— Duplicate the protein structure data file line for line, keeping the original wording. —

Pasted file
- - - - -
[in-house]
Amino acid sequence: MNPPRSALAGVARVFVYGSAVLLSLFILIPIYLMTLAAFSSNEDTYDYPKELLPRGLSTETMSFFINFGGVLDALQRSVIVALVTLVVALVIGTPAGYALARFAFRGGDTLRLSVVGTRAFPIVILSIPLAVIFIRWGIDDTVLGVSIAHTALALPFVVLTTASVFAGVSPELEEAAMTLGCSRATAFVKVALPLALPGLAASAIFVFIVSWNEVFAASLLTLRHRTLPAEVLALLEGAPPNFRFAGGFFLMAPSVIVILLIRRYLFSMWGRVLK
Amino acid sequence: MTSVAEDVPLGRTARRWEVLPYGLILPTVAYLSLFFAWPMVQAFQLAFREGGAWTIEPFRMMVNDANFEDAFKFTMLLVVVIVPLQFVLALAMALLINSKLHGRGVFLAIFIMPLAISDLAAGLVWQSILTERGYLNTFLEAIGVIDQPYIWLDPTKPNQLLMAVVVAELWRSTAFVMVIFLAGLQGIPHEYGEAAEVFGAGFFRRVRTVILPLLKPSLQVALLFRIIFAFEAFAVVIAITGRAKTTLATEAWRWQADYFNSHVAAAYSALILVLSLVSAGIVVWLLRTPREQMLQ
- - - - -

[in-house]
Amino acid sequence: MNPPRSALAGVARVFVYGSAVLLSLFILIPIYLMTLAAFSSNEDTYDYPKELLPRGLSTETMSFFINFGGVLDALQRSVIVALVTLVVALVIGTPAGYALARFAFRGGDTLRLSVVGTRAFPIVILSIPLAVIFIRWGIDDTVLGVSIAHTALALPFVVLTTASVFAGVSPELEEAAMTLGCSRATAFVKVALPLALPGLAASAIFVFIVSWNEVFAASLLTLRHRTLPAEVLALLEGAPPNFRFAGGFFLMAPSVIVILLIRRYLFSMWGRVLK
Amino acid sequence: MTSVAEDVPLGRTARRWEVLPYGLILPTVAYLSLFFAWPMVQAFQLAFREGGAWTIEPFRMMVNDANFEDAFKFTMLLVVVIVPLQFVLALAMALLINSKLHGRGVFLAIFIMPLAISDLAAGLVWQSILTERGYLNTFLEAIGVIDQPYIWLDPTKPNQLLMAVVVAELWRSTAFVMVIFLAGLQGIPHEYGEAAEVFGAGFFRRVRTVILPLLKPSLQVALLFRIIFAFEAFAVVIAITGRAKTTLATEAWRWQADYFNSHVAAAYSALILVLSLVSAGIVVWLLRTPREQMLQ